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We are living in the most freewheeling, unregulated financial boom in our history - and Boston's smack in the middle of it. Why should you care? Your company may be the next billion-dollar buyout by a private equity firm or your stocks could be in for a bumpy ride. Now do we have your attention?

"THESE THINGS USUALLY DON'T END WELL." Kevin Landry cracks a wry smile and sighs as he gazes out the floor-to-ceiling windows of his wood-paneled corner conference room on the 56th floor of the John Hancock Tower. Watching Boston unfold beneath us - from the Common, across the financial district, out to Logan Airport, the Harbor Islands, and beyond - it's hard to imagine that anything hasn't ended well for the genial head of TA Associates, one of Boston's largest and most profitable private equity investment firms. But he's serious. And he's nervous.

To understand why he's nervous - and why you should care - you have to know what exactly private equity firms do. (And don't pretend that you know just to avoid looking silly. It's OK, your buddy doesn't know either.) The easiest way to grasp private equity is to consider what it's not - public equity, or, as we more commonly call it, the stock market. In the stock market, everything, all the "equity," is owned by the public, meaning you and I can buy and sell pieces of publicly traded corporations like kids swapping Harry Potter cards. But in the private equity business, everything is held away from the public in "private" hands.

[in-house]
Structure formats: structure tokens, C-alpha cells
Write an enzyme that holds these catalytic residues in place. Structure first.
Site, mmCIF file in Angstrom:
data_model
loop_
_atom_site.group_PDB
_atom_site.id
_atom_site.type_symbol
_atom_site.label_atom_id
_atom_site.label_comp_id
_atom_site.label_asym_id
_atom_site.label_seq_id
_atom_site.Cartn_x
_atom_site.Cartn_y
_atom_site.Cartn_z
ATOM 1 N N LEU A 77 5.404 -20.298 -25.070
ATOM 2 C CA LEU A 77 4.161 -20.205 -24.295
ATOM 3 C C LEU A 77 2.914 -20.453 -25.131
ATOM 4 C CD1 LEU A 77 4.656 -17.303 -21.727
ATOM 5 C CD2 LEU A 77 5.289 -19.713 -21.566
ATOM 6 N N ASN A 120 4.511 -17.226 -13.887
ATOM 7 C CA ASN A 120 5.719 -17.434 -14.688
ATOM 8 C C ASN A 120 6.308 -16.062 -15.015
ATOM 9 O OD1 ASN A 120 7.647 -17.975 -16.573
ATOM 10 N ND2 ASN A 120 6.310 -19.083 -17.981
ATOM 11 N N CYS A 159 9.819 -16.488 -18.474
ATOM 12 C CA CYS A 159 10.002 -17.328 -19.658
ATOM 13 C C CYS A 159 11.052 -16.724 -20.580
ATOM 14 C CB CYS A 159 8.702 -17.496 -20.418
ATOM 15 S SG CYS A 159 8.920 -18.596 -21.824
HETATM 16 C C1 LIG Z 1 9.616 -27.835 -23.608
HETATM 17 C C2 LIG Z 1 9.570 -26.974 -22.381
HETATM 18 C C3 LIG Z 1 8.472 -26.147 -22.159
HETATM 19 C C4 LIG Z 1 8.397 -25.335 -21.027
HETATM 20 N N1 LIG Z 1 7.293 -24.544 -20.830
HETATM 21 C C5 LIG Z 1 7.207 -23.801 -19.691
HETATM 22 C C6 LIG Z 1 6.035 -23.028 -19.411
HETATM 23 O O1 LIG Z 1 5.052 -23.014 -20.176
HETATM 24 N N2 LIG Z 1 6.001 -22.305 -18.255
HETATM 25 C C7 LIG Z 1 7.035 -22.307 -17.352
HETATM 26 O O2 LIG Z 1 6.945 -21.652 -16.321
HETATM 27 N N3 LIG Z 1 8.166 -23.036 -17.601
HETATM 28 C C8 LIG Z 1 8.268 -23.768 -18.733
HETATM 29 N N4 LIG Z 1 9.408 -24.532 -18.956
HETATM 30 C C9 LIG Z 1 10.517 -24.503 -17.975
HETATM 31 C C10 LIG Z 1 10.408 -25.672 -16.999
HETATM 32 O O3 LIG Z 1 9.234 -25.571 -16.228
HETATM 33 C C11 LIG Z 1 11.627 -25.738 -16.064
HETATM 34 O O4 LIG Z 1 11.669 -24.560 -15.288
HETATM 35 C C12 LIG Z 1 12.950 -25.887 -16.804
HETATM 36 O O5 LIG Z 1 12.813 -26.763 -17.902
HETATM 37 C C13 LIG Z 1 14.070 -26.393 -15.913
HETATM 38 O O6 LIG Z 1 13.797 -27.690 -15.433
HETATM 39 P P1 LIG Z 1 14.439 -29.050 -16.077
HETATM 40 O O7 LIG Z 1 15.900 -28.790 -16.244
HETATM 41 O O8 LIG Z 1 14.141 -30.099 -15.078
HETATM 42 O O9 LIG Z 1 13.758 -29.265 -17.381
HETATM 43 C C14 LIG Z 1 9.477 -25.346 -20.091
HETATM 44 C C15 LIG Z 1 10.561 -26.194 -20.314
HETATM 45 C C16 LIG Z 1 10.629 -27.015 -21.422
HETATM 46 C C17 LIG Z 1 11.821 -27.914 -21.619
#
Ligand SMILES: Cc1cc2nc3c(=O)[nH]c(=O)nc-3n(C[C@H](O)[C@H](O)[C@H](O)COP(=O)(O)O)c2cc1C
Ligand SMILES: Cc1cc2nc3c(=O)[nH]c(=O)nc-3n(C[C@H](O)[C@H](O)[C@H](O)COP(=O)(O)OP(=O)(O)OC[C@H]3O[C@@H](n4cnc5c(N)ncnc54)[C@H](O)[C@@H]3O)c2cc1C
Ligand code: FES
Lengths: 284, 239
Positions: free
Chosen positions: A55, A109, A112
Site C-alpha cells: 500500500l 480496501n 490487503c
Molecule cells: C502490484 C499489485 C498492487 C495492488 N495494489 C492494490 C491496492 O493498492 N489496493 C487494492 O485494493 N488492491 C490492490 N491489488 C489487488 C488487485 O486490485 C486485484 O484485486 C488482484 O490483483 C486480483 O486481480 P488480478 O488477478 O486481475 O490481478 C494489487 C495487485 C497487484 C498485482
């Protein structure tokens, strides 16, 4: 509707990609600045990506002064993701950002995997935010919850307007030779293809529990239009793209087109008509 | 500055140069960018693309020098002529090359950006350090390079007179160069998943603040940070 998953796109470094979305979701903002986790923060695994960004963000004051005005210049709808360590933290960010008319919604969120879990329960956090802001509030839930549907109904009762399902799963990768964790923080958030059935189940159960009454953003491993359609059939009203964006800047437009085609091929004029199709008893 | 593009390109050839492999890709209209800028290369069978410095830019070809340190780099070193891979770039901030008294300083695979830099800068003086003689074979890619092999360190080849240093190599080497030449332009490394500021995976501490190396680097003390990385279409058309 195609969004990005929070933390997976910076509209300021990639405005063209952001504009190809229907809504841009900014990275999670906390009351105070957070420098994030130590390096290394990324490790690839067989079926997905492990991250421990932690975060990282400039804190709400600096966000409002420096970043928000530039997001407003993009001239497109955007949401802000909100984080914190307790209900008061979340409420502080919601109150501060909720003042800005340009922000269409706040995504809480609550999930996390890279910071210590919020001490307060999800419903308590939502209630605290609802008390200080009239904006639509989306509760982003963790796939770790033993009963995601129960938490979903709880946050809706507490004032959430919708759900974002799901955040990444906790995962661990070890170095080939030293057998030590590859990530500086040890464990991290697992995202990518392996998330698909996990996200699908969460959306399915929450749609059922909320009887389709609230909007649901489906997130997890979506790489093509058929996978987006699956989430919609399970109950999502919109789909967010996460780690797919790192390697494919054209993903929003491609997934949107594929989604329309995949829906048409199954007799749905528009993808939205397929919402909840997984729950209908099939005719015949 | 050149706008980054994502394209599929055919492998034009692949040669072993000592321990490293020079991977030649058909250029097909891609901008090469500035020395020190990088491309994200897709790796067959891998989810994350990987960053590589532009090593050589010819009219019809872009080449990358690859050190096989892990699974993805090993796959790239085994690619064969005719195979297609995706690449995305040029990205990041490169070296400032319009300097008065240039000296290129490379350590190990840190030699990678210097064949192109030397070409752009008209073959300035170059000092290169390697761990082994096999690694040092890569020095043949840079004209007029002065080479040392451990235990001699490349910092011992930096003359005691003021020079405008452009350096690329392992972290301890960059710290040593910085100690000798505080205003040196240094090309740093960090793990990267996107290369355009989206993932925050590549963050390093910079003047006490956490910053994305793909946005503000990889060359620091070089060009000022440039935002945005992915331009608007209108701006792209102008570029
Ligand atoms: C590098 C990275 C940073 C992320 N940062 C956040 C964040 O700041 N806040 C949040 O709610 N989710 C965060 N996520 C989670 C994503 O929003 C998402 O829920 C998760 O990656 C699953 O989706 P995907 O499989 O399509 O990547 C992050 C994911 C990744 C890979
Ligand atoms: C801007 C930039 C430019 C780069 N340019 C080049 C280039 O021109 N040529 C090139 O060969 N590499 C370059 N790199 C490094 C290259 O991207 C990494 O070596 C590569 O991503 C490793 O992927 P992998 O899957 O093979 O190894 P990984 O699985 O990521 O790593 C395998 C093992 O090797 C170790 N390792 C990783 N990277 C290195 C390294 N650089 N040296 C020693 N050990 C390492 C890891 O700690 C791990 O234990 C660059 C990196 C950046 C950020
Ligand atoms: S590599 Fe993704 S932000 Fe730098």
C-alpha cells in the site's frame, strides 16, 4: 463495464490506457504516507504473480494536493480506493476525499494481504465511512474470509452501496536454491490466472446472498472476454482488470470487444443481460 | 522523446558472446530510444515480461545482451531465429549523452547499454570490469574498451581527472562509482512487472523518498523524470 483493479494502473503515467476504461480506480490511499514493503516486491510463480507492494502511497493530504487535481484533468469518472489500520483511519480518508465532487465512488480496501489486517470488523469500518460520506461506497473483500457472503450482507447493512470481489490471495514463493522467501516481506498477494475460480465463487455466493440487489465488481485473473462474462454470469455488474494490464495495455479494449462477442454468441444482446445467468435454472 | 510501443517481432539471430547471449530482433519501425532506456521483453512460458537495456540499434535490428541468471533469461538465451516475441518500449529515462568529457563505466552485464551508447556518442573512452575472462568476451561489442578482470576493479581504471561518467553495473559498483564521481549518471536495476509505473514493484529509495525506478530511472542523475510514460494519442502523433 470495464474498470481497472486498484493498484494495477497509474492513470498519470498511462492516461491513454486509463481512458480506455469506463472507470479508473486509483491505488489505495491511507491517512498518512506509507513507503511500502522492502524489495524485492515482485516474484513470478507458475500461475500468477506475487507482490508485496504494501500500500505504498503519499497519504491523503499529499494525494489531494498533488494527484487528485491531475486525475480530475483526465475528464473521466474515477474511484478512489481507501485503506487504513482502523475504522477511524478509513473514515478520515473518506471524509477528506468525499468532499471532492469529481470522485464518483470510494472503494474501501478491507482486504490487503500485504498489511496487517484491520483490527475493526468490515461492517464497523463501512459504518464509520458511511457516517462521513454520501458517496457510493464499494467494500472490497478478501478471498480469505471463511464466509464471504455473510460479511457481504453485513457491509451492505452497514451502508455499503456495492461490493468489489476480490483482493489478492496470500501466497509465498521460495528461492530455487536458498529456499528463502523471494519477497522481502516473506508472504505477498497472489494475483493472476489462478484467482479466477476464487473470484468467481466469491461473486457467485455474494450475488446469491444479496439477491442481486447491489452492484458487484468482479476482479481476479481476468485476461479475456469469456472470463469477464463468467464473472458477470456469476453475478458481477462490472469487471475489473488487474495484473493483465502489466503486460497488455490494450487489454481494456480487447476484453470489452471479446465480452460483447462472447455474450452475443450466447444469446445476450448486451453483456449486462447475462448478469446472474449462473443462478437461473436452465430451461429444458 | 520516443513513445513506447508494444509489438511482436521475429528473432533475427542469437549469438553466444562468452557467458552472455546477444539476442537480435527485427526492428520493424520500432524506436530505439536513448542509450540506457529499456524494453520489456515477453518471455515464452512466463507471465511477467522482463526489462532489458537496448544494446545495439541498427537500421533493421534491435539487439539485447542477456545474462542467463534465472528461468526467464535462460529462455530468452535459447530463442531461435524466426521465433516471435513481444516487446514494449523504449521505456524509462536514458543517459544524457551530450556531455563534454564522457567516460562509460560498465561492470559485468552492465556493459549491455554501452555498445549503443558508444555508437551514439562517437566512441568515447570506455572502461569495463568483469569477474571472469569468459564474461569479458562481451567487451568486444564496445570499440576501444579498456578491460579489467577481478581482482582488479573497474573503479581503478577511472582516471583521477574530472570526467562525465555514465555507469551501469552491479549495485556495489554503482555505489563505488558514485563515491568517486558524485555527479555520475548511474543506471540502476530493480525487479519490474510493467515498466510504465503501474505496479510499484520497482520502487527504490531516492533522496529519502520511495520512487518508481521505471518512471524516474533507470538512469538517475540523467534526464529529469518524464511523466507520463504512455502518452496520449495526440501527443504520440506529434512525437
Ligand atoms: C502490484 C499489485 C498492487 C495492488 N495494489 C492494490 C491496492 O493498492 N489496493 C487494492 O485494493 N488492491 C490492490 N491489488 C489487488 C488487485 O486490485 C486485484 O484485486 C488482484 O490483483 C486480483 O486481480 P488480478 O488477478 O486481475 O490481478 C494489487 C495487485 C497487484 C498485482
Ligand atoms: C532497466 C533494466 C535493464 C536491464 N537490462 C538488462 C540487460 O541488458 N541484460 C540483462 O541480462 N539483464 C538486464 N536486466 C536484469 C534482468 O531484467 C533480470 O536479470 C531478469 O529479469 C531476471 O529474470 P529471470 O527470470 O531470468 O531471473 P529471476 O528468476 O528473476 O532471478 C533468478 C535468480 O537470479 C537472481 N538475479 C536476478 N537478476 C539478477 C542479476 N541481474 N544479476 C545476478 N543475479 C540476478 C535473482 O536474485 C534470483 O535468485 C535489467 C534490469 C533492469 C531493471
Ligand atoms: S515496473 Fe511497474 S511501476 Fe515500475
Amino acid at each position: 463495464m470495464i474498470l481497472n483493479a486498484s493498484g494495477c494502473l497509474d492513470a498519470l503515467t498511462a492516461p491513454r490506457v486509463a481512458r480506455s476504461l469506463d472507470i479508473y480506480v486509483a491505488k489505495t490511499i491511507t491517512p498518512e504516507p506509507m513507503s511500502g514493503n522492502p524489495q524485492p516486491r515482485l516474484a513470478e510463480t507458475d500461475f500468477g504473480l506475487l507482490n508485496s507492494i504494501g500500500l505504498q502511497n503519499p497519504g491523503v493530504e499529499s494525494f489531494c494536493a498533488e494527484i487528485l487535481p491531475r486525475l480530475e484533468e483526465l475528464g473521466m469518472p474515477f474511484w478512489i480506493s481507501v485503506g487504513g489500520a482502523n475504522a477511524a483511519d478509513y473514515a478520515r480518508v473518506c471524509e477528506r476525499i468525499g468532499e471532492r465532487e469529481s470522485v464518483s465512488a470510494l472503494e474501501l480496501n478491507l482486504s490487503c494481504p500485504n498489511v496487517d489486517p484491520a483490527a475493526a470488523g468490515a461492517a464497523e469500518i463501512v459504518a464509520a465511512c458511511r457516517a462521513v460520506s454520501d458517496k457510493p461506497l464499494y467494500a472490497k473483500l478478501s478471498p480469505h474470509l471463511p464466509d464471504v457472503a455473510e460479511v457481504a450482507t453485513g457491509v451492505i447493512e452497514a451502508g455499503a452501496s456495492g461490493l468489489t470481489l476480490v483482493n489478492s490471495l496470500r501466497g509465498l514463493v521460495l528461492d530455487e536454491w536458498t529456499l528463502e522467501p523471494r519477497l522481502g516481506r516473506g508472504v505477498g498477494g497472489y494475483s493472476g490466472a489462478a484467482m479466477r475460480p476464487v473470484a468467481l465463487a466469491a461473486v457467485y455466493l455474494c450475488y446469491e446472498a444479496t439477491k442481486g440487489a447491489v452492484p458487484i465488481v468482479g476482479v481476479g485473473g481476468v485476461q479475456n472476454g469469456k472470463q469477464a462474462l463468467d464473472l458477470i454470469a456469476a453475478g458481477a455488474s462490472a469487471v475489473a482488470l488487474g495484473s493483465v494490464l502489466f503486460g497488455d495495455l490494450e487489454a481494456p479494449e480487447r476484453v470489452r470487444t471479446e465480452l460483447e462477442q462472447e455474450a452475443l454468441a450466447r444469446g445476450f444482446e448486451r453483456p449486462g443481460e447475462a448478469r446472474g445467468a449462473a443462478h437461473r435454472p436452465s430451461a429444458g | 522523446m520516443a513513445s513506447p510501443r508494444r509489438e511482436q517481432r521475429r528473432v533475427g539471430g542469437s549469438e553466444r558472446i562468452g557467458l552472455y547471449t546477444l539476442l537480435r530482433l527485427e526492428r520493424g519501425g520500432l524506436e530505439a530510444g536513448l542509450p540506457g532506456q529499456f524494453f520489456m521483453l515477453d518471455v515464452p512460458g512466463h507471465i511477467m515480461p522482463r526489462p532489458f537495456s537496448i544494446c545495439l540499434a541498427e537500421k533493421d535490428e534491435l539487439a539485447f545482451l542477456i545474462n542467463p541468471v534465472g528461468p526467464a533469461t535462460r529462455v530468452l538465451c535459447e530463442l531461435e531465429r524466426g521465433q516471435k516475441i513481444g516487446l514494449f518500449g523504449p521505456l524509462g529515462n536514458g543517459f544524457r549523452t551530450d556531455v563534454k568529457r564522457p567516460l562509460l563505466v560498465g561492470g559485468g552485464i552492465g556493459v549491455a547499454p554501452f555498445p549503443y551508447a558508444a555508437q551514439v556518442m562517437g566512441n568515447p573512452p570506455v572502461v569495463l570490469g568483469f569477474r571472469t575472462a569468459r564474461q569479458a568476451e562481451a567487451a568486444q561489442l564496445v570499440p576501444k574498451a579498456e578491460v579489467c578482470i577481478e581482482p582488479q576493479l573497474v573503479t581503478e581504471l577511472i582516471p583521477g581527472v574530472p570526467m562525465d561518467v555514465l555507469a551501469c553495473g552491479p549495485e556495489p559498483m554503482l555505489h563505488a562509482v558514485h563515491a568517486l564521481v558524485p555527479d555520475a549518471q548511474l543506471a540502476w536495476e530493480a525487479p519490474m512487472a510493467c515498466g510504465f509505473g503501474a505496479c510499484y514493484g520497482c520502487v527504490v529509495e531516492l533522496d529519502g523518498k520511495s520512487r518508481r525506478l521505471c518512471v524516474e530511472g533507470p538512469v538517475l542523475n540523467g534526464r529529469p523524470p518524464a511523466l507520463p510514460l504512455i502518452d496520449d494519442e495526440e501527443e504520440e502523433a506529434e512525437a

An example would be the group of tycoons who spent $25 billion to buy a publicly traded company like hospital giant HCA. In this buyout side of the private equity game, the idea is borrow as much money as you can to take control of a company, put in your own strategy and managers, and make the whole thing more profitable - and more valuable to resell. Of course, this sometimes means streamlining, layoffs, and cuts, but it's your money and now your company. Done right, a private equity buyout can pay off big time in no time, usually within five years or less. Think of it as Wall Street's version of Flip This House.